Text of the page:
If a court were to find that a "matter of public concern" were present, a court would apply the balance of the test and would find for the nursing home. This is because a greater interest exists in allowing nurses to provide emergency care for patients, than in allowing aides to disagree over what care is pertinent to which job description.


A court would also find that the letter written by the aide was pursuant to the aide's official duty as an aide and that she was not speaking as a citizen for First Amendment purposes; therefore, the United States Constitution does not insulate her communication from employer discipline.  The aide's letter was directly related to what she perceived to be her official duty and whether the directions she was given by the supervising nurse fell within her job description. The nursing home, as the employer, considered her letter inappropriate and imposed discipline. In conclusion, the aide's letter would not be shielded under the First Amendment freedom of speech.

The Importance of Comparing Your Pharmacy Invoices Against Your Pharmacy Contract

Pricing Formula

The Law Offices Of David S. Barmak, LLC recently retained the services of a pharmacy contract manager to review client pharmacy invoices against pharmacy contract charges.


In a recent interview with the pharmacy contract manger these questions were raised and answered:


Q: How likely is it that a pharmacy invoice will not match up with the agreed upon charges in the pharmacy contract?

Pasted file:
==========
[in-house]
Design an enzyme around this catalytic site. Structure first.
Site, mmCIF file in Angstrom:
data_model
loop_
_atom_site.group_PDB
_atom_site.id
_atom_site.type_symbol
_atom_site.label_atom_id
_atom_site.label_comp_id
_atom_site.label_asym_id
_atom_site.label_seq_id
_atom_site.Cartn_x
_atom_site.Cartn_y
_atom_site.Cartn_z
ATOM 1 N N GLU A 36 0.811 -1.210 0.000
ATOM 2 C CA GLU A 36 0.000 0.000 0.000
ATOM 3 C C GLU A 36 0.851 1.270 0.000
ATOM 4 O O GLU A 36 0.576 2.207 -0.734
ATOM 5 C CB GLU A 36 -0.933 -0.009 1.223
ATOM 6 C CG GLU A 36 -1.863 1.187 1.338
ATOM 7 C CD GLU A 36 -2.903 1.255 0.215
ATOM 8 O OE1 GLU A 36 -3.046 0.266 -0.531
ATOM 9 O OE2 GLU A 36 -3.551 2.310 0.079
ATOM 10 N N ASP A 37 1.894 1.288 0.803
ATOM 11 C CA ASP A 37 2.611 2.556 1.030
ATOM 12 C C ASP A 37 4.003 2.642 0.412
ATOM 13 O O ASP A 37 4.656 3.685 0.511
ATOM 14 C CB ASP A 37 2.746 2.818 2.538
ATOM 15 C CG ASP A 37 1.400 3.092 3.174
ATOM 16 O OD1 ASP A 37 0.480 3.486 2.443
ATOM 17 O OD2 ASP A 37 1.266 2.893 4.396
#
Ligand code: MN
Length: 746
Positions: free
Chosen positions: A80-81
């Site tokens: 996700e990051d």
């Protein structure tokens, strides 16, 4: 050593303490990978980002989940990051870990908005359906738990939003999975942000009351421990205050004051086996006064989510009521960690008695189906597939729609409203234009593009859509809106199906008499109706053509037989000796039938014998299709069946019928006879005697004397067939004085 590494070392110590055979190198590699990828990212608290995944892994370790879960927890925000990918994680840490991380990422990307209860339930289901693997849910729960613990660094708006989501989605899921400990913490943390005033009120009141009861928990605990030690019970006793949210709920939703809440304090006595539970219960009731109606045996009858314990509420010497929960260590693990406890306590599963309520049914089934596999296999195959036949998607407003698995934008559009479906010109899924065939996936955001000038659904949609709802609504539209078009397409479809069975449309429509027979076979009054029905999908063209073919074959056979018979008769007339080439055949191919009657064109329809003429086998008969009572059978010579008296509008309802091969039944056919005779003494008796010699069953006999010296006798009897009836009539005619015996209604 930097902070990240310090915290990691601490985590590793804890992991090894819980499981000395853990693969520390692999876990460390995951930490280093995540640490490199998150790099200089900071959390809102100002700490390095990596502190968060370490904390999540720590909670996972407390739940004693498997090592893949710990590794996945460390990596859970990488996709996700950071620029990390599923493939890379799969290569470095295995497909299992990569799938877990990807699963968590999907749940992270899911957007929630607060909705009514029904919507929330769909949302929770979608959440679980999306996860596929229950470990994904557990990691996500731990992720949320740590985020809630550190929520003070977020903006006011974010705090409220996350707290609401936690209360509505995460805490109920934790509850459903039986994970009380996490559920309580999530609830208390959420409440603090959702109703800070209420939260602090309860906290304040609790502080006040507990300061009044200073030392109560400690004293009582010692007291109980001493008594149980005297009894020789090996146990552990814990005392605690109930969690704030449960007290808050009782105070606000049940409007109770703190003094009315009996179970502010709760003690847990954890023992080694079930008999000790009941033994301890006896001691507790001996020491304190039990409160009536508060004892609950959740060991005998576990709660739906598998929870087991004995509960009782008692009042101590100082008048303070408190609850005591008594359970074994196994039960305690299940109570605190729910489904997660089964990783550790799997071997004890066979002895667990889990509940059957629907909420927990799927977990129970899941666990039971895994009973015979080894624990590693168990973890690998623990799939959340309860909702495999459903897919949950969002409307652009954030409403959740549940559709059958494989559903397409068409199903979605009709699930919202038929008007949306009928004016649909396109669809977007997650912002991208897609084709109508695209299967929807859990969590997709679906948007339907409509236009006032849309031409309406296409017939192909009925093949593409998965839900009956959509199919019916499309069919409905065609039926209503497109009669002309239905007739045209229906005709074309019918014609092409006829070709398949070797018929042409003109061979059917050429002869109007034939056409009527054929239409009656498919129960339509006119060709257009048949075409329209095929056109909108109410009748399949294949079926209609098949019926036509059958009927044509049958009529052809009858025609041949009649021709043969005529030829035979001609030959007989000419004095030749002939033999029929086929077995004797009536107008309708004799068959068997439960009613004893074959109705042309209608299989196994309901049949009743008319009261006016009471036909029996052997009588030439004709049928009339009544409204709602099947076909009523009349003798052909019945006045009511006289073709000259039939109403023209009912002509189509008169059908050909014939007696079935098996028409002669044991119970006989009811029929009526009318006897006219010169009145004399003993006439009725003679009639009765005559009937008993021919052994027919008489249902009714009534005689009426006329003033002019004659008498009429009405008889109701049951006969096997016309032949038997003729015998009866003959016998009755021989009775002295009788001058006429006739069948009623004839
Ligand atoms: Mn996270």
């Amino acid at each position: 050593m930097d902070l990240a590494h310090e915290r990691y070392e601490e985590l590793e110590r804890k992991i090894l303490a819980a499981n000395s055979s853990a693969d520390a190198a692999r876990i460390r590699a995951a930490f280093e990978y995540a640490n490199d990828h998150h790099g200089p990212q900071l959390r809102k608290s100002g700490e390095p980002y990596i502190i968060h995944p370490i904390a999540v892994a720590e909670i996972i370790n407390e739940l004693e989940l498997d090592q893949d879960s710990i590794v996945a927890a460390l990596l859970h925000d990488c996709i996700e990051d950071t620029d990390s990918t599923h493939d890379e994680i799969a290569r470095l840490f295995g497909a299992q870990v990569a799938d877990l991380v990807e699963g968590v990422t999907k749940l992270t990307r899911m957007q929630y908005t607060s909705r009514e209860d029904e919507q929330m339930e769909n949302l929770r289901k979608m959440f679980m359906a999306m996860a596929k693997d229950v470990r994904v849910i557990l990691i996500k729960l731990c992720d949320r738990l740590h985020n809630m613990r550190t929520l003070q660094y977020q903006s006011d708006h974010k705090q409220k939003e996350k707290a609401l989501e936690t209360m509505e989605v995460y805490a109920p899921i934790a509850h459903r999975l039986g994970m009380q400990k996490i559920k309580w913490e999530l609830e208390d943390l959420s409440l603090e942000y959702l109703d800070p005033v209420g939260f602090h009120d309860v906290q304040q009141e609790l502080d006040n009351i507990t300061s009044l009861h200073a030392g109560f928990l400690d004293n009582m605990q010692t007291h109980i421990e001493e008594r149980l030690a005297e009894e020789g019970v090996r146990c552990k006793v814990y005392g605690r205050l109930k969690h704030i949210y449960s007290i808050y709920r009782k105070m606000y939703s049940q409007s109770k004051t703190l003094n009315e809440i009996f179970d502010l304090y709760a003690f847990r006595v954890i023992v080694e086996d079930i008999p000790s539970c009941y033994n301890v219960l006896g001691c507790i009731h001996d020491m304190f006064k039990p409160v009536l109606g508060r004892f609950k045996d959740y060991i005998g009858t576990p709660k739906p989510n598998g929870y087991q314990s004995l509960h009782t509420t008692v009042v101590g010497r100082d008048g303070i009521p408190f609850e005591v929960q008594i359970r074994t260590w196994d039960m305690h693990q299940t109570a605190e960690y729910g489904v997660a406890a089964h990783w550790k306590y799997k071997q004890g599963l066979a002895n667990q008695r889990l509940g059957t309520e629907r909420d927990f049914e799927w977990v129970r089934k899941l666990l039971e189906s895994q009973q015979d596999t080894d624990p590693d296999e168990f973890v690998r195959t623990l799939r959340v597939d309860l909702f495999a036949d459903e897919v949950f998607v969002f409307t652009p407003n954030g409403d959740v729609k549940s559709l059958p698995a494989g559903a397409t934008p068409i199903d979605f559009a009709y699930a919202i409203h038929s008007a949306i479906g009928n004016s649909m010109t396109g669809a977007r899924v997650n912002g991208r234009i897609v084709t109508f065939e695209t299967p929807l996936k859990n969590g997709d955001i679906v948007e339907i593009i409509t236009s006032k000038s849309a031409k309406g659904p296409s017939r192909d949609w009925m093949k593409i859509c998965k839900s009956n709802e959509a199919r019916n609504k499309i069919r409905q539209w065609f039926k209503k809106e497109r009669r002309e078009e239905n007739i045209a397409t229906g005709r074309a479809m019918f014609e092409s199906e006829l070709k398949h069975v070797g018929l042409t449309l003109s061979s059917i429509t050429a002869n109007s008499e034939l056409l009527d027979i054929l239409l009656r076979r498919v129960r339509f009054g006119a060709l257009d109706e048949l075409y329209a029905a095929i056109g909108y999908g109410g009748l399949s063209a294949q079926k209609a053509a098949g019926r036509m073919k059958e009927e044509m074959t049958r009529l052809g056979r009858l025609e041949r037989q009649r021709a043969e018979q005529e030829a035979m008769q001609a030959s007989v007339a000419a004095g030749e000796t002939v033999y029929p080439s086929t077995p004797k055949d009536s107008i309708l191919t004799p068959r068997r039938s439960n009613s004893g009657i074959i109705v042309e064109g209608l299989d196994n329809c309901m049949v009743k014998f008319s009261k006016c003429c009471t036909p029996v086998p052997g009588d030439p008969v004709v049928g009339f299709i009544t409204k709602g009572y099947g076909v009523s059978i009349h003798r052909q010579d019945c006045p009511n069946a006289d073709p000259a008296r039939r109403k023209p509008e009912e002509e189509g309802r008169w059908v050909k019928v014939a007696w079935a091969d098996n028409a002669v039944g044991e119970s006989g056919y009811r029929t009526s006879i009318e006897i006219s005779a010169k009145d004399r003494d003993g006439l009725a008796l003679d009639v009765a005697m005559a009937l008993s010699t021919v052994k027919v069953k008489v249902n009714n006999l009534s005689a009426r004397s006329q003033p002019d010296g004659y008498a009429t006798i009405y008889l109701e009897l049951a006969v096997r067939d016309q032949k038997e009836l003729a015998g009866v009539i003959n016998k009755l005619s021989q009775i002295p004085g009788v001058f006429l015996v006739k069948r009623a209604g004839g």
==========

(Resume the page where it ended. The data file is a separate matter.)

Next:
A:  More often than you would think. Most of the time there isn't an issue with the pharmacy invoice matching the agreed upon charges in the pharmacy contract; however, I've had more than a few situations where the effort to double check more than paid for the time and expense in doing so.


Q: For example?


A:  I recently consulted with a skilled nursing facility with a fee for service contract with the pharmacy vendor. The contract negotiated charges for drugs was: Brand - AWP-!5% and Generic -AWP-20%.

Upon my initial review, the monthly pharmacy invoice for this facility appeared unusually high.  When I reviewed the invoices that the pharmacy vendor was charging the facility for the Medicare Part A patients for the month, I found that the rate charged to the facility was actually Brand- AWP-10% and Generic-AWP-10%.  The actual charges in the invoice were higher than the agreed upon contract charges!

As a result of my pharmacy review, I alerted the facility that there appeared to be a monthly overcharge by the pharmacy for the past two years. The amount of the over-charge was determined and a credit was issued to the facility. The facility was refunded over $60,000 for the two year period. The charges going forward were correct for the balance of the contract period.